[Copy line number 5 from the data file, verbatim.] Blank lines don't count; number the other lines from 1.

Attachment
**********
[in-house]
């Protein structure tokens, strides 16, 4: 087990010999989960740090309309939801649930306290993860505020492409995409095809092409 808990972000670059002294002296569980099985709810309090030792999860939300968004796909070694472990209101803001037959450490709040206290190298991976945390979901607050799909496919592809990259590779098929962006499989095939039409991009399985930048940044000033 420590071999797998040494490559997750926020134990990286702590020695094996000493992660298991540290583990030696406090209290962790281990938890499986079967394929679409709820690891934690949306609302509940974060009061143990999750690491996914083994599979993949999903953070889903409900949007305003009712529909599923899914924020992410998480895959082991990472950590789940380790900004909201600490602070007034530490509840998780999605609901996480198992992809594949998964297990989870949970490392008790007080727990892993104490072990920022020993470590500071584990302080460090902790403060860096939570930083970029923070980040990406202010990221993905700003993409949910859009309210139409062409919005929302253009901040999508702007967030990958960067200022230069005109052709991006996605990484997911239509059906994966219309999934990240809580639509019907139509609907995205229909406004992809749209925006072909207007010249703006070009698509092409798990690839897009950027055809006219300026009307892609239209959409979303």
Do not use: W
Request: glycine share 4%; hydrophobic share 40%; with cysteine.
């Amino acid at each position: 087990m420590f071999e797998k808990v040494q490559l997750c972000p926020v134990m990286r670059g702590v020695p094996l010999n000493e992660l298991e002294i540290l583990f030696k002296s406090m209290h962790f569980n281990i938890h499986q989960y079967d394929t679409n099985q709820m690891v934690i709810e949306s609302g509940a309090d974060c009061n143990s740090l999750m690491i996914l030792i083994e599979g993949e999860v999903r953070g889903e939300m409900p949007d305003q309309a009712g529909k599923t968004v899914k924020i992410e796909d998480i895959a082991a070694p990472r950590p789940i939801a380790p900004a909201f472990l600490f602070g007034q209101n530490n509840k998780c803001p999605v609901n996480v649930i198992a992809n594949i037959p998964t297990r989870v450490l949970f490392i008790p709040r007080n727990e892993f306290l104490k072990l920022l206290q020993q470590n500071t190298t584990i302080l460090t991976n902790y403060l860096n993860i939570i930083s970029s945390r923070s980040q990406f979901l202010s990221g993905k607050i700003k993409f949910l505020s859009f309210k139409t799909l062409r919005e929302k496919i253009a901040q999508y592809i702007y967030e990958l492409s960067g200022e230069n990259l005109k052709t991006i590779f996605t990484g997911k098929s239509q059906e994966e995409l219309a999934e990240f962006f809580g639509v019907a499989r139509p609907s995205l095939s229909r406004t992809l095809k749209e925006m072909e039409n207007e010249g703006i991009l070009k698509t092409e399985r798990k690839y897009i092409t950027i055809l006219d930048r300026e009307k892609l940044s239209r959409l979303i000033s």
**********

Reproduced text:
């Amino acid at each position: 087990m420590f071999e797998k808990v040494q490559l997750c972000p926020v134990m990286r670059g702590v020695p094996l010999n000493e992660l298991e002294i540290l583990f030696k002296s406090m209290h962790f569980n281990i938890h499986q989960y079967d394929t679409n099985q709820m690891v934690i709810e949306s609302g509940a309090d974060c009061n143990s740090l999750m690491i996914l030792i083994e599979g993949e999860v999903r953070g889903e939300m409900p949007d305003q309309a009712g529909k599923t968004v899914k924020i992410e796909d998480i895959a082991a070694p990472r950590p789940i939801a380790p900004a909201f472990l600490f602070g007034q209101n530490n509840k998780c803001p999605v609901n996480v649930i198992a992809n594949i037959p998964t297990r989870v450490l949970f490392i008790p709040r007080n727990e892993f306290l104490k072990l920022l206290q020993q470590n500071t190298t584990i302080l460090t991976n902790y403060l860096n993860i939570i930083s970029s945390r923070s980040q990406f979901l202010s990221g993905k607050i700003k993409f949910l505020s859009f309210k139409t799909l062409r919005e929302k496919i253009a901040q999508y592809i702007y967030e990958l492409s960067g200022e230069n990259l005109k052709t991006i590779f996605t990484g997911k098929s239509q059906e994966e995409l219309a999934e990240f962006f809580g639509v019907a499989r139509p609907s995205l095939s229909r406004t992809l095809k749209e925006m072909e039409n207007e010249g703006i991009l070009k698509t092409e399985r798990k690839y897009i092409t950027i055809l006219d930048r300026e009307k892609l940044s239209r959409l979303i000033s």